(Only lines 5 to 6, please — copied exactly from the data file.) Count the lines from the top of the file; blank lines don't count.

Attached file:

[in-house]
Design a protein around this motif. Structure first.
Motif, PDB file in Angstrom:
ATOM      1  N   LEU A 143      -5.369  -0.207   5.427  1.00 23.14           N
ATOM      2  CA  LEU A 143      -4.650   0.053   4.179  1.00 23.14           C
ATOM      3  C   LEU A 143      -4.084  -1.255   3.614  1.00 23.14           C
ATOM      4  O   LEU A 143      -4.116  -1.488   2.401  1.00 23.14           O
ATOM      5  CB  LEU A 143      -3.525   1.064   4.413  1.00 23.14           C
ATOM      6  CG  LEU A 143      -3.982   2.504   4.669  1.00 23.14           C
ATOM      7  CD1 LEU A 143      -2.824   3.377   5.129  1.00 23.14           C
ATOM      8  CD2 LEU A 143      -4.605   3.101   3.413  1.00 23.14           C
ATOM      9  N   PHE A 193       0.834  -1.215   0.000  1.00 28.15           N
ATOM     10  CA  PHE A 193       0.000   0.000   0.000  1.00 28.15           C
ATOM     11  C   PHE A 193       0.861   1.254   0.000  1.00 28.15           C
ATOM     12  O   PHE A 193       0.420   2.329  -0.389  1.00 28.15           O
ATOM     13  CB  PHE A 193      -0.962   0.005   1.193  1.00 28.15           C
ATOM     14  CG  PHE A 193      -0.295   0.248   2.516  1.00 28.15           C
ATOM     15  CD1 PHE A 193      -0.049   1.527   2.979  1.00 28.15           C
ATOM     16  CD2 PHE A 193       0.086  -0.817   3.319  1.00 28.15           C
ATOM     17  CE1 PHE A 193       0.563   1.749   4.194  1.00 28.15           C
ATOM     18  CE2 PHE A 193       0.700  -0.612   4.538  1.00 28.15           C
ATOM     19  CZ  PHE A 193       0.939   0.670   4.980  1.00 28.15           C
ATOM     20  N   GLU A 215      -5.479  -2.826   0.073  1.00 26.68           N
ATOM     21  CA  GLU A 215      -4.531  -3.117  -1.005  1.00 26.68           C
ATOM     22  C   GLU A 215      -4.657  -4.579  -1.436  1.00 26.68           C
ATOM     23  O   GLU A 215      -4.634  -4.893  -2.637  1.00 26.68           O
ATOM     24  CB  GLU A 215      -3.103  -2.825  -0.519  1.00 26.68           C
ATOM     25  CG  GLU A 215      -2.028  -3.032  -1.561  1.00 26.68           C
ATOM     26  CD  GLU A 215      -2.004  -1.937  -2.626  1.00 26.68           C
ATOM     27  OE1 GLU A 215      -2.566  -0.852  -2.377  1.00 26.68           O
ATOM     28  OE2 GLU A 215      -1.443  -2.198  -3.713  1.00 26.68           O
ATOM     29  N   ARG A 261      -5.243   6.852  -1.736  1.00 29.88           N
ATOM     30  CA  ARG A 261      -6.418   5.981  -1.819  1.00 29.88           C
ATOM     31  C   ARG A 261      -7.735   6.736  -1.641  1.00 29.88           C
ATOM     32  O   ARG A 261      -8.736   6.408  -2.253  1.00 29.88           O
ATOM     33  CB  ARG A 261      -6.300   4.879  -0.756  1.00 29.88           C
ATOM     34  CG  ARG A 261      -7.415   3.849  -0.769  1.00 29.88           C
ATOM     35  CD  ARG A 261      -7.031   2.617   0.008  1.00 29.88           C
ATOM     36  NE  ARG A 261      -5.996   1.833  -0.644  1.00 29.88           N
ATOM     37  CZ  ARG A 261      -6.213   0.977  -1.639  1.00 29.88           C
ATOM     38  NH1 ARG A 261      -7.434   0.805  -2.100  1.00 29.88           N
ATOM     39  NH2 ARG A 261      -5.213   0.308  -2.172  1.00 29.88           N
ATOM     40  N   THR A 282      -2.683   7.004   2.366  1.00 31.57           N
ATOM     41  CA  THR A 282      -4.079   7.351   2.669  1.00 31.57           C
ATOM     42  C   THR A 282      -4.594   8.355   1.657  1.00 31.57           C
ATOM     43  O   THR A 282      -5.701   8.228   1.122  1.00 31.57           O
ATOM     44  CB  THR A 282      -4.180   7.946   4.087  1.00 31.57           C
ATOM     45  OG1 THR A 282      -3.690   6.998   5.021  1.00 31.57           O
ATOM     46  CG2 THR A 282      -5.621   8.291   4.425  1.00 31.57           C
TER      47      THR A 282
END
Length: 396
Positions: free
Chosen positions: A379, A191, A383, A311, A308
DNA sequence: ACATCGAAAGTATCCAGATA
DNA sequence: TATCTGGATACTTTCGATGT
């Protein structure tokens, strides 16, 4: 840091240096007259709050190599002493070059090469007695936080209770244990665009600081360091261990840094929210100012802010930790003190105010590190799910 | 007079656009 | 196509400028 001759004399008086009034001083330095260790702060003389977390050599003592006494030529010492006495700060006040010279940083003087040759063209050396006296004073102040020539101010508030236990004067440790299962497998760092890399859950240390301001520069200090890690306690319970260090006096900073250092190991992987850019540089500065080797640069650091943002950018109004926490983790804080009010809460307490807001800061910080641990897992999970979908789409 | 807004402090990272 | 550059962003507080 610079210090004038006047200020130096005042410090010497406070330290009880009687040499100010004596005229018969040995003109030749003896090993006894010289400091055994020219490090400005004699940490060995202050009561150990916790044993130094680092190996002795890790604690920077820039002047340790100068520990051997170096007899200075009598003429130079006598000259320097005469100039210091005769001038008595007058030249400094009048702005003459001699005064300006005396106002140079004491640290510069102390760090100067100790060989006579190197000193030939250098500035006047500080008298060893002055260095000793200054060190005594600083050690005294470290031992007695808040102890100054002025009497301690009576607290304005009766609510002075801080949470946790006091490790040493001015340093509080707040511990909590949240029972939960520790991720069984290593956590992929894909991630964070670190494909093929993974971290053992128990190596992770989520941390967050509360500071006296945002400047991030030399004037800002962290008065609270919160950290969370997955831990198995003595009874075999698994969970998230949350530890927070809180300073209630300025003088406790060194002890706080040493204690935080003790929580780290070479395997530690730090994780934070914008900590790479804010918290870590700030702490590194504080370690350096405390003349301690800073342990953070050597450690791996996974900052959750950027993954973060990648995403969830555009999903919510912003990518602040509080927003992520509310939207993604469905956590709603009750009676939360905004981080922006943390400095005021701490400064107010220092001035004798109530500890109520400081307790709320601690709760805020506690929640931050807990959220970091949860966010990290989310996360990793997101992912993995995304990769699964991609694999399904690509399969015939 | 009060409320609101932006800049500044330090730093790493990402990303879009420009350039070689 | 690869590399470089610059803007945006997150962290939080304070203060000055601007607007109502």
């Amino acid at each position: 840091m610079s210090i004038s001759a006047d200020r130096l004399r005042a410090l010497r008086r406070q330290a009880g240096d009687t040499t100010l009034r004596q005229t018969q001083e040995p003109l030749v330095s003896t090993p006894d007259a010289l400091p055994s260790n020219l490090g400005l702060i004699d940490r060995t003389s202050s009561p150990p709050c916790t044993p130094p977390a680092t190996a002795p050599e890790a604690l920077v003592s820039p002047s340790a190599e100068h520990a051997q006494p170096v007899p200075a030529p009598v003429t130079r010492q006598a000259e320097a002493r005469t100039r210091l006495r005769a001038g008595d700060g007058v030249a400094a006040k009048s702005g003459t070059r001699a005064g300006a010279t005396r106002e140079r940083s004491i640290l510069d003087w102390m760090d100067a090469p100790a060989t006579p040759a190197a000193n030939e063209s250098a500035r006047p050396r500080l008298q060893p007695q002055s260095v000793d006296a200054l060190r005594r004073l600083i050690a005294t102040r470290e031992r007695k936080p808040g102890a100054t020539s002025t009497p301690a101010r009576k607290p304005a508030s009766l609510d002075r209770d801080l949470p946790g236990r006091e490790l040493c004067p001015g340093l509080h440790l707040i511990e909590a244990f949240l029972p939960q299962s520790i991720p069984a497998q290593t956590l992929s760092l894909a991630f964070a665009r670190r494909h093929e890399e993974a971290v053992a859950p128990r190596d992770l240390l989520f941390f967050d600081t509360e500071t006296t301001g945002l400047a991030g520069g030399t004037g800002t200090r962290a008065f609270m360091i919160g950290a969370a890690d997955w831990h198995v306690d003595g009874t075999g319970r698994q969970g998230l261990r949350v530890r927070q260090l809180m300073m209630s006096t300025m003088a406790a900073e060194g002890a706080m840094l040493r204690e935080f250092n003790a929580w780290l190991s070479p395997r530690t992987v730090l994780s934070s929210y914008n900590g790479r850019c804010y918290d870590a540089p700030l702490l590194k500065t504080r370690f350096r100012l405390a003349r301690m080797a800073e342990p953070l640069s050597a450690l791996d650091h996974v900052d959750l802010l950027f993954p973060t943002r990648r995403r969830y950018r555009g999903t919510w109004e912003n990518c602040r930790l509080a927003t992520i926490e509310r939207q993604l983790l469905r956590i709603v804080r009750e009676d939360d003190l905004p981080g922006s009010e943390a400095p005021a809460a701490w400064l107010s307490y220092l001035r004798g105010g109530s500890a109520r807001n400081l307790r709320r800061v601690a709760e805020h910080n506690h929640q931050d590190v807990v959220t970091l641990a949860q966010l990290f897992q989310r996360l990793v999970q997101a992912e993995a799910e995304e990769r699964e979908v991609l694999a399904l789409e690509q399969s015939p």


ATOM      2  CA  LEU A 143      -4.650   0.053   4.179  1.00 23.14           C
ATOM      3  C   LEU A 143      -4.084  -1.255   3.614  1.00 23.14           C